Facebook is Fined $5 Billion To Settle FTC Privacy Investigation

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After several months of negotiations, the US Federal Trade Commission (FTC) approved a record amount of $5 billion from Facebook in connection with a confidentiality investigation concerning the scandal with Cambridge Analytica.

The agreement will put an end to a large-scale investigation that began more than a year ago and focused on a breach of the 2011 Facebook agreement with the FTC, which required that Facebook obtain the explicit consent of users to share their own personal data.

The FTC launched an investigation into the social network giant last year after the company allowed Cambridge Analytica to access personal data from around 87 million Facebook users without their explicit consent.

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Now, according to a new report published by the Wall Street Journal, the FTC commissioners this week have finally voted to approve an agreement worth $5 billion, with three Republicans voting to approve the agreement, and two Democrats against it.

Facebook was expecting a fine of $3 billion and $5 billion and has already allocated $3 billion for a fine this spring when the company published a financial statement for the first quarter of 2019.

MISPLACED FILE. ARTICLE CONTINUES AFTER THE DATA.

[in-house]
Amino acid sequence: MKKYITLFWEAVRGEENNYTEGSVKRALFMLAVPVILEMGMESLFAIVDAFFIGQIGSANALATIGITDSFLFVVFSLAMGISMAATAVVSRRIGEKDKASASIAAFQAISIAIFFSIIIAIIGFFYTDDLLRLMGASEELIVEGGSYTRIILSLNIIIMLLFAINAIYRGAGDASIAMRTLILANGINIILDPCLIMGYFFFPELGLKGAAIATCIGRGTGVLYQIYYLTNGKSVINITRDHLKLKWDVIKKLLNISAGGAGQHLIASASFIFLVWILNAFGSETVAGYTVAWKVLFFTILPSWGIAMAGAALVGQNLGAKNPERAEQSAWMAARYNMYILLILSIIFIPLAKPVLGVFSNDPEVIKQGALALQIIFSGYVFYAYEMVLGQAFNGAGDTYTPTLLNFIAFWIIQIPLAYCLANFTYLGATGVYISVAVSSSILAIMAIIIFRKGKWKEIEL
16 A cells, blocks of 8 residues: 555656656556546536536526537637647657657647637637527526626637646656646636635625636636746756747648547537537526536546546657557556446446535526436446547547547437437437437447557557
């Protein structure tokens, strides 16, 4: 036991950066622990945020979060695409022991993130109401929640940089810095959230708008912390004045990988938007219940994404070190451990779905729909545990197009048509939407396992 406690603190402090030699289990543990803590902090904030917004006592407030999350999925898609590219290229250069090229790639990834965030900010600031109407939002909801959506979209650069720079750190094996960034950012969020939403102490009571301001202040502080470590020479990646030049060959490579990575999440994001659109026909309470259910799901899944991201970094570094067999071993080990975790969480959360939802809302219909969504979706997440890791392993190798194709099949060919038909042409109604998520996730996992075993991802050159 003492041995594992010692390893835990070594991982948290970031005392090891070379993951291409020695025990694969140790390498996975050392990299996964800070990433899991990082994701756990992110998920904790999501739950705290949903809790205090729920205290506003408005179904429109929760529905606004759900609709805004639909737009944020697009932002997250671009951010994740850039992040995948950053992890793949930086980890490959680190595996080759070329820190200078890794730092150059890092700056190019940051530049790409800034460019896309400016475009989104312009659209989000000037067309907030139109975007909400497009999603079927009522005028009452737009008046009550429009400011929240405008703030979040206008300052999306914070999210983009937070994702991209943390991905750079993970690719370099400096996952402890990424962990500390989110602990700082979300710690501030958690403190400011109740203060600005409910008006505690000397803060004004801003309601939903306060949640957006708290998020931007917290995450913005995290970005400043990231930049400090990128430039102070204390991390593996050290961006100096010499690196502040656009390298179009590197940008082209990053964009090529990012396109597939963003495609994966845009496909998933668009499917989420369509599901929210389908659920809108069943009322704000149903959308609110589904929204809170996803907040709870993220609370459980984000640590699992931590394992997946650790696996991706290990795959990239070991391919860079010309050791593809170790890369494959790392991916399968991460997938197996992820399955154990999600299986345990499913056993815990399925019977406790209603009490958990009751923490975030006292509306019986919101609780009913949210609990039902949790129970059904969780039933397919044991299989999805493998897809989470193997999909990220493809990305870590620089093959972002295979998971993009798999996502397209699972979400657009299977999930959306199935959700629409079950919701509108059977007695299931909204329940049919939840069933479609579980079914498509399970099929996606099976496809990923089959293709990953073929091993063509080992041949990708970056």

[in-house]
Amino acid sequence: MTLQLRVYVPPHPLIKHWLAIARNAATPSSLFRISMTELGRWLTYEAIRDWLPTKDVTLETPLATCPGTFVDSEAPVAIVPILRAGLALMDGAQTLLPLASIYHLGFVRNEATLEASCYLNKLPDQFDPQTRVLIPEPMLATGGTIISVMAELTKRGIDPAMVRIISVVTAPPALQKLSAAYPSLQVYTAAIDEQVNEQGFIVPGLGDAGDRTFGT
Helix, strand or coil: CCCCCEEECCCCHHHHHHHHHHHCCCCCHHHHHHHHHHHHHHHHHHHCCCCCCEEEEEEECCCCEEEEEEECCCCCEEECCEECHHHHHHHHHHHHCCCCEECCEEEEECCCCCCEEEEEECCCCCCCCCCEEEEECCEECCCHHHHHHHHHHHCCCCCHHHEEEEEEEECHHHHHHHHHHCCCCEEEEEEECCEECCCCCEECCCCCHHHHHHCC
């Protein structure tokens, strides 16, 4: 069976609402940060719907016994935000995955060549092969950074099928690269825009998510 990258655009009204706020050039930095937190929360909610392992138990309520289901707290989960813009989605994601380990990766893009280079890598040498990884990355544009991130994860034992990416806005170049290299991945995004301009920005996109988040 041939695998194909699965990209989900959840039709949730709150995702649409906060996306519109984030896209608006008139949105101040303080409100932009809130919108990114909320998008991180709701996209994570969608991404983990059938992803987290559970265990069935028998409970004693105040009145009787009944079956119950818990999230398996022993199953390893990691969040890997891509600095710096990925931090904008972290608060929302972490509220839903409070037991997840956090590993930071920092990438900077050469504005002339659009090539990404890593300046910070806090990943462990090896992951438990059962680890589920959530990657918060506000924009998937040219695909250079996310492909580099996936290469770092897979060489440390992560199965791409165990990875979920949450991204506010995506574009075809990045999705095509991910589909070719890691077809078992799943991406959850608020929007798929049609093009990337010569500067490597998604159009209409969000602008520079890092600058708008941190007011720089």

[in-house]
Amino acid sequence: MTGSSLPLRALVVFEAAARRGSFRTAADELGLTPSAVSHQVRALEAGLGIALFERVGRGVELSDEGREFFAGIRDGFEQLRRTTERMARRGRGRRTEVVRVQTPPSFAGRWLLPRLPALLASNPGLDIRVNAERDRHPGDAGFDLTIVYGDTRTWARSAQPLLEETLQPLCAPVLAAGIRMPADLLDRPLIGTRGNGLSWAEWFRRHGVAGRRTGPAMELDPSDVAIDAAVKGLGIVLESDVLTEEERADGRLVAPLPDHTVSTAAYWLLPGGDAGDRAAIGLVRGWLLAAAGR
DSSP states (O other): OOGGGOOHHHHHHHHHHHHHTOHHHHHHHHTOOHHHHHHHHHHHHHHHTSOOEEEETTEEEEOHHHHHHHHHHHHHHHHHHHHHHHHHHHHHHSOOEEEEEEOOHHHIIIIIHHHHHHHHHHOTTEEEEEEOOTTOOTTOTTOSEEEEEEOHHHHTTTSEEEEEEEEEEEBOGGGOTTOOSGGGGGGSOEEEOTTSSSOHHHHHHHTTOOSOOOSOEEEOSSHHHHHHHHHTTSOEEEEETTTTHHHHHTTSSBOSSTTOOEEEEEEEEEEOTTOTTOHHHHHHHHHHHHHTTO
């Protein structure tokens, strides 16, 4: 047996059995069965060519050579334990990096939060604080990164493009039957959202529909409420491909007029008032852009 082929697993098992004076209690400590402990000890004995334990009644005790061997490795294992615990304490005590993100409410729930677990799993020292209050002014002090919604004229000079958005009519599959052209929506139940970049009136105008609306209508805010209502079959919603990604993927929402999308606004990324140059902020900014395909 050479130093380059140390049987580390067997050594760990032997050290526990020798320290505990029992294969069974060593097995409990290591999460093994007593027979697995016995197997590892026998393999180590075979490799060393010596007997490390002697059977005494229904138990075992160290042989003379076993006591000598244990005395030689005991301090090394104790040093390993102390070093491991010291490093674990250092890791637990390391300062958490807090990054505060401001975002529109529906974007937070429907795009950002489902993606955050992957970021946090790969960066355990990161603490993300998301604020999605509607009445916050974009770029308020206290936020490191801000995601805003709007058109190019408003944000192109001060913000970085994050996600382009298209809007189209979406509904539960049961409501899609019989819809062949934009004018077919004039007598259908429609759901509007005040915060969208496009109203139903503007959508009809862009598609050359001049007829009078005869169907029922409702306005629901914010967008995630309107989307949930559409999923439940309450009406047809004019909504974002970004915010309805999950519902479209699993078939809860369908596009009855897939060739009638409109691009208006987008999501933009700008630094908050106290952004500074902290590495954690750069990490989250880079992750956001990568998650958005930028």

Despite all the criticisms that Facebook has recently found due to improper management of user data, the company’s revenue and user base are constantly growing. In the first quarter of 2019 alone, Facebook has generated revenue of over $15 billion. The network of social networks has also added to its platform 39 million active users every day.

Although the $5 billion fine is equivalent to Facebook’s revenue in just one month, this is the largest fine imposed by the FTC before the date, far exceeding the $22.5 million fine imposed on Google in 2012 for alleged infringement of the agreement to improve the privacy policy.

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“This penalty is part of Facebook’s annual income. It will not make them think of the responsibility to protect user data,” said Democratic spokesman David Sicilian and chairman of the congressional anti-monopoly commission, calling the punishment “Christmas”. send five months before “on Twitter.

“These fined $5 billion fines are just a blow to the wrist, not even a slap in the face,” Democratic Senator Richard Blumenthal (D-Connecticut) said in a statement.

“Such a financial punishment for obvious and blatant lawlessness is nonsense for a company that brings tens of billions of dollars every year.”

The FTC has not publicly regulated the transaction, as the agreement has yet to be approved by the United States Department of Justice.

Not only the FTC but also the British Information Commissioner (ICO) has imposed a fine of 500,000 pounds (over 628,000 US dollars) on Facebook for the scandal with Cambridge Analytica.

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